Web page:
Saying Goodbye to Stacey’s Bookstore

Cara Black has always read from one of her Aimee Leduc novels at Stacey’s Bookstore in downtown San Francisco. But yesterday’s lunchtime reading from MURDER IN THE LATIN QUARTER not only proved to be the last, but the last-ever event Stacey’s will hold as the bookstore closes this month. The San Francisco Chronicle has the details:

Stacey's served a nice red Rhone wine, a couple of kinds of cheese
and French bread for the occasion, which was both pleasant and sad.
"Bittersweet," said Black. The store is having a going-out-of-business
sale, and even Black's newest, "Murder in the Latin Quarter," was 50
percent off.

"We are just devastated," said Laura Sheppard, events director at
the Mechanics' Institute, which has been in San Francisco since 1854.
Stacey's and the Mechanics' often exchanged programs, and the authors
who read at the Mechanics' were always available at Stacey's.

Stacey's was always a stop on the famous author circuit, and lots of
big names came. But some books and writers presented at the noontime
readings at Stacey's were unknown, reading their own words aloud for
the first time before an audience of strangers.

"It's important in how we get started," said Sheldon Siegel, who
writes mystery books. "They have let new writers come in, take a chance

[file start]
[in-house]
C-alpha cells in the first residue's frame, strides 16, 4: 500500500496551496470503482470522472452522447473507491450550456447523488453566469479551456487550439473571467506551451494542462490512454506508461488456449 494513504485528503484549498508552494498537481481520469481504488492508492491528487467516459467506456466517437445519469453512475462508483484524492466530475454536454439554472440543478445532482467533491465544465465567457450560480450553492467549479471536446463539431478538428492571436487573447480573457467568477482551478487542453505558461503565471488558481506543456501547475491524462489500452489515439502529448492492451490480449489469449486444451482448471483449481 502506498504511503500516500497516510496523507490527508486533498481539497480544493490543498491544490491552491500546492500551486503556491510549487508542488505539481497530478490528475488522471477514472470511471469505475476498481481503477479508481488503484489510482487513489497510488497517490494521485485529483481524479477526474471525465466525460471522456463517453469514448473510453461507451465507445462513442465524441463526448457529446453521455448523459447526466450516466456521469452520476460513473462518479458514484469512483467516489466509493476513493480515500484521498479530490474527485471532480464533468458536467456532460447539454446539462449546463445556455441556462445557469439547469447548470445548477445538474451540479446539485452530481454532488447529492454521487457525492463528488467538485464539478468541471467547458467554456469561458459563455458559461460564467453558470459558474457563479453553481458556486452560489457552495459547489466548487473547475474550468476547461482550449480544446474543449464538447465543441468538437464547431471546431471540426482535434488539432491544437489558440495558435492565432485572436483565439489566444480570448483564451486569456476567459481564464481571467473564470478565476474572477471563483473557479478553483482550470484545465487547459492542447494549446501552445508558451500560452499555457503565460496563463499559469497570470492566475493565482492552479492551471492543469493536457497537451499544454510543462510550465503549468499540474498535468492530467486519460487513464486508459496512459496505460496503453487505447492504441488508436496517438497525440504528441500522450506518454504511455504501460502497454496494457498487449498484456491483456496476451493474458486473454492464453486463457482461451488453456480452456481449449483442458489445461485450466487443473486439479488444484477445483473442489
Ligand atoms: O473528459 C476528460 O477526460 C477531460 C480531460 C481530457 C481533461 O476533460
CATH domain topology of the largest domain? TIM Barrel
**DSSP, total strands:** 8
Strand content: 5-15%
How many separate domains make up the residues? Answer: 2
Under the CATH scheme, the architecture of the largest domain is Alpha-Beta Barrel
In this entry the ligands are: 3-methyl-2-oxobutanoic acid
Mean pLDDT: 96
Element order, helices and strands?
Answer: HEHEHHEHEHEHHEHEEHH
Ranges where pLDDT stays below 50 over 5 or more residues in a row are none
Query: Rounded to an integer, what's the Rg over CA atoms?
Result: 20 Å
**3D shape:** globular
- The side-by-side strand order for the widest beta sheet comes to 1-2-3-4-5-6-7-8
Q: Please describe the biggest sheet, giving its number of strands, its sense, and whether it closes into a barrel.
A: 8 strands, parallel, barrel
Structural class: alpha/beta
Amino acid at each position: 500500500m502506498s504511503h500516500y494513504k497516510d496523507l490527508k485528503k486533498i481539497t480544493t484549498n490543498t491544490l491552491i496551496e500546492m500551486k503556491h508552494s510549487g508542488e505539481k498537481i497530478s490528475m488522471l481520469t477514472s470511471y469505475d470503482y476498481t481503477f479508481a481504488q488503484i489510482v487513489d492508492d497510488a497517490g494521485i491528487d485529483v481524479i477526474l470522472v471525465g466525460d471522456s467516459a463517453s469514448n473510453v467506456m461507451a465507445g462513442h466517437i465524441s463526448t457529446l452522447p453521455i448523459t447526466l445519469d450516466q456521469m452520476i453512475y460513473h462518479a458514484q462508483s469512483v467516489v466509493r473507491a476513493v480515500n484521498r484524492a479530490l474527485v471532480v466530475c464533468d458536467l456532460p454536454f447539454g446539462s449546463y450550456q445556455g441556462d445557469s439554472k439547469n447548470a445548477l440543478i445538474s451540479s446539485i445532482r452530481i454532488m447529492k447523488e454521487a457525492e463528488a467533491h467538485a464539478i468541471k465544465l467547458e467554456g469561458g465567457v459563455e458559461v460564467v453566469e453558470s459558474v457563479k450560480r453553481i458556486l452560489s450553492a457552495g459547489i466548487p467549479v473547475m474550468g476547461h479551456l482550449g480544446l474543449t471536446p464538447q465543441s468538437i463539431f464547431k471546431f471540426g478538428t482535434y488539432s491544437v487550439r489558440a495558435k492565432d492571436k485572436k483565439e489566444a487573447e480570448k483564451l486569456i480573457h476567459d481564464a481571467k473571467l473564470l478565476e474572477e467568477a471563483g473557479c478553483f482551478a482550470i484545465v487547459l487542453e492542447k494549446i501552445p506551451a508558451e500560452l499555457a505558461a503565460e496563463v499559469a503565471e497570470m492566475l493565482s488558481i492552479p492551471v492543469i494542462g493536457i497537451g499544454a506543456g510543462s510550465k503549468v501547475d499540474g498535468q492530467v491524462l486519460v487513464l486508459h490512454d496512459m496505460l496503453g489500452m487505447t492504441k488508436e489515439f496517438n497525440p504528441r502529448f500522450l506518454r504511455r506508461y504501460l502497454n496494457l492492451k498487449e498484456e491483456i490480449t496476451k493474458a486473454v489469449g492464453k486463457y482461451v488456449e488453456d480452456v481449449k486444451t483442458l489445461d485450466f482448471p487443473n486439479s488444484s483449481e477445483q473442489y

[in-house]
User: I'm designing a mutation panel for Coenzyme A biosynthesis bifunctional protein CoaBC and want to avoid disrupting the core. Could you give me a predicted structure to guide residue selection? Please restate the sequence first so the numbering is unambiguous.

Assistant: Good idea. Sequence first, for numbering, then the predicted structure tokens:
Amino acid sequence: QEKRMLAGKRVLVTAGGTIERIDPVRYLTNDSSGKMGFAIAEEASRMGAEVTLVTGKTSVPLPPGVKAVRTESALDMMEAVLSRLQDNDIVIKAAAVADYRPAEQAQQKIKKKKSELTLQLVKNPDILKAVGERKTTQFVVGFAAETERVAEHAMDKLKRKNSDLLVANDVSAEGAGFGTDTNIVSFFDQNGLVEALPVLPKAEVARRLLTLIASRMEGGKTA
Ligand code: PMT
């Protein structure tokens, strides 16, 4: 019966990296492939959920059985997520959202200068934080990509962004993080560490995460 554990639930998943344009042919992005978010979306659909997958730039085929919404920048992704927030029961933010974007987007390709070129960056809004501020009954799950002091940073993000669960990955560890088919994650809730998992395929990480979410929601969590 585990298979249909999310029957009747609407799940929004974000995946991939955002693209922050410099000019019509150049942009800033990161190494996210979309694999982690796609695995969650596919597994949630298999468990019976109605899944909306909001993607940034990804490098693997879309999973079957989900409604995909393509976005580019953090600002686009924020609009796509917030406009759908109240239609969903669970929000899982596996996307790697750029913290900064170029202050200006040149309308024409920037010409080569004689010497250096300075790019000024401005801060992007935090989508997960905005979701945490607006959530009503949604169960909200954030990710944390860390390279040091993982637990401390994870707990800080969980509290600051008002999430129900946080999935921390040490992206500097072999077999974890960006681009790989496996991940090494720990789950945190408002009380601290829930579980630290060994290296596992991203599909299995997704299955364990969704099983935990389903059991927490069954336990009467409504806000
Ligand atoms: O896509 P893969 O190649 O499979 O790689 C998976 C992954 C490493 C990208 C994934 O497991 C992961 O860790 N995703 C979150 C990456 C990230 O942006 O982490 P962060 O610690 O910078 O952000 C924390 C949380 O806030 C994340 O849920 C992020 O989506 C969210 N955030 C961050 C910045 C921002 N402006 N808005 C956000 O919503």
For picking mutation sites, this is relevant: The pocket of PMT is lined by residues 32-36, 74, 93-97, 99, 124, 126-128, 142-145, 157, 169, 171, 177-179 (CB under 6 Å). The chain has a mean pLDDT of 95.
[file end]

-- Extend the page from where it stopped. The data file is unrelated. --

on them and introduce them and let them build an audience."

But soon that will not be the case, and once again, the economy’s to blame:

Stacey's was always crowded at lunch hour. It was a place to sit,
to ask the clerks for advice, or just to look at books. "You know,
people don't think of the Financial District as a neighborhood, but it
is," said Ingrid Nystrom, the marketing manager at Stacey's, who has
run 50 to 100 author events a year there over the past 11 years. "It
will be a real loss to the neighborhood. We've had some people crying."

Stacey's had a lot of books on financial topics, and the numbers for
the store were grim, Nystrom said. "We sold $4.5 million worth of books
last year," she said. "But the place (three stories and a basement) is
too big for the number of people."

More from Colleen Lindsay, who points to Nystrom’s very lovely farewell letter.